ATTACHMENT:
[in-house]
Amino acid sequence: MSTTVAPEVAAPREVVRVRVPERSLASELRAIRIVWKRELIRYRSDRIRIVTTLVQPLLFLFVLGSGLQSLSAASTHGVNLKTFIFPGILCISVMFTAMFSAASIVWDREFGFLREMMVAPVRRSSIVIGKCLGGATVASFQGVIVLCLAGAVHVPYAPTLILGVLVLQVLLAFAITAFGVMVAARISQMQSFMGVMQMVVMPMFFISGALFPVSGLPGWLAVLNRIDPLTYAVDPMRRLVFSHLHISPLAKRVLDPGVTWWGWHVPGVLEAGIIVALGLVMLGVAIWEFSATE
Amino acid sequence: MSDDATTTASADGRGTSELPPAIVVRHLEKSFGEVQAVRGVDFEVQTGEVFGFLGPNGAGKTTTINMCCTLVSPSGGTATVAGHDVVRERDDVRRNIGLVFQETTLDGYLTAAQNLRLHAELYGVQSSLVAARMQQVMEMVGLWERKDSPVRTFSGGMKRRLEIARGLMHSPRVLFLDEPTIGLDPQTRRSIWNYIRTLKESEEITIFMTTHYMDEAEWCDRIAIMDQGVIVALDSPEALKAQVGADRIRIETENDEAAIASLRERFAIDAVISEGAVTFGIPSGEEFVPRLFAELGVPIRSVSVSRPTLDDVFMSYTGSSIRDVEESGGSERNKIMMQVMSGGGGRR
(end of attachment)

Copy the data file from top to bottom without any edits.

[in-house]
Amino acid sequence: MSTTVAPEVAAPREVVRVRVPERSLASELRAIRIVWKRELIRYRSDRIRIVTTLVQPLLFLFVLGSGLQSLSAASTHGVNLKTFIFPGILCISVMFTAMFSAASIVWDREFGFLREMMVAPVRRSSIVIGKCLGGATVASFQGVIVLCLAGAVHVPYAPTLILGVLVLQVLLAFAITAFGVMVAARISQMQSFMGVMQMVVMPMFFISGALFPVSGLPGWLAVLNRIDPLTYAVDPMRRLVFSHLHISPLAKRVLDPGVTWWGWHVPGVLEAGIIVALGLVMLGVAIWEFSATE
Amino acid sequence: MSDDATTTASADGRGTSELPPAIVVRHLEKSFGEVQAVRGVDFEVQTGEVFGFLGPNGAGKTTTINMCCTLVSPSGGTATVAGHDVVRERDDVRRNIGLVFQETTLDGYLTAAQNLRLHAELYGVQSSLVAARMQQVMEMVGLWERKDSPVRTFSGGMKRRLEIARGLMHSPRVLFLDEPTIGLDPQTRRSIWNYIRTLKESEEITIFMTTHYMDEAEWCDRIAIMDQGVIVALDSPEALKAQVGADRIRIETENDEAAIASLRERFAIDAVISEGAVTFGIPSGEEFVPRLFAELGVPIRSVSVSRPTLDDVFMSYTGSSIRDVEESGGSERNKIMMQVMSGGGGRR